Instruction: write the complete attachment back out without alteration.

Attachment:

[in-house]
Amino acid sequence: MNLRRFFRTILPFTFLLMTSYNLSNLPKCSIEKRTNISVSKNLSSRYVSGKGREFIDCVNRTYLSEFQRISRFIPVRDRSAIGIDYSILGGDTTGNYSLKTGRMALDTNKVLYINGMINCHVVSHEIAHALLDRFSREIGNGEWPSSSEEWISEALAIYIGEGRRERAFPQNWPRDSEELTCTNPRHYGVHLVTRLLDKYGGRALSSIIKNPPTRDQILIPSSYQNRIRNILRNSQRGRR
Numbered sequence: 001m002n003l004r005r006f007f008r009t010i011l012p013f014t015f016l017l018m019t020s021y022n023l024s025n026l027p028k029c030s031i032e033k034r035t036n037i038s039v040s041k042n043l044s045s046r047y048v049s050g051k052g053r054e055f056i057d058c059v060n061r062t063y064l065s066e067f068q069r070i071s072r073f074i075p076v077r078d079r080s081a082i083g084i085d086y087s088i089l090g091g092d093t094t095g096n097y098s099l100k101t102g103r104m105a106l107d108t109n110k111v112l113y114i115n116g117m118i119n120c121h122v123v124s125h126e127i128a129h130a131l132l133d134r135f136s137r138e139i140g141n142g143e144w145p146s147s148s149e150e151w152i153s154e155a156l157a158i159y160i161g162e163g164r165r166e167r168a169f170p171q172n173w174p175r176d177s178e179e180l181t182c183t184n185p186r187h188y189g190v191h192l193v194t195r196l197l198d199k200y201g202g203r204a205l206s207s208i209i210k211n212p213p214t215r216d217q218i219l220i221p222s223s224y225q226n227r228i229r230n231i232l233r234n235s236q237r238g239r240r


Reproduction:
[in-house]
Amino acid sequence: MNLRRFFRTILPFTFLLMTSYNLSNLPKCSIEKRTNISVSKNLSSRYVSGKGREFIDCVNRTYLSEFQRISRFIPVRDRSAIGIDYSILGGDTTGNYSLKTGRMALDTNKVLYINGMINCHVVSHEIAHALLDRFSREIGNGEWPSSSEEWISEALAIYIGEGRRERAFPQNWPRDSEELTCTNPRHYGVHLVTRLLDKYGGRALSSIIKNPPTRDQILIPSSYQNRIRNILRNSQRGRR
Numbered sequence: 001m002n003l004r005r006f007f008r009t010i011l012p013f014t015f016l017l018m019t020s021y022n023l024s025n026l027p028k029c030s031i032e033k034r035t036n037i038s039v040s041k042n043l044s045s046r047y048v049s050g051k052g053r054e055f056i057d058c059v060n061r062t063y064l065s066e067f068q069r070i071s072r073f074i075p076v077r078d079r080s081a082i083g084i085d086y087s088i089l090g091g092d093t094t095g096n097y098s099l100k101t102g103r104m105a106l107d108t109n110k111v112l113y114i115n116g117m118i119n120c121h122v123v124s125h126e127i128a129h130a131l132l133d134r135f136s137r138e139i140g141n142g143e144w145p146s147s148s149e150e151w152i153s154e155a156l157a158i159y160i161g162e163g164r165r166e167r168a169f170p171q172n173w174p175r176d177s178e179e180l181t182c183t184n185p186r187h188y189g190v191h192l193v194t195r196l197l198d199k200y201g202g203r204a205l206s207s208i209i210k211n212p213p214t215r216d217q218i219l220i221p222s223s224y225q226n227r228i229r230n231i232l233r234n235s236q237r238g239r240r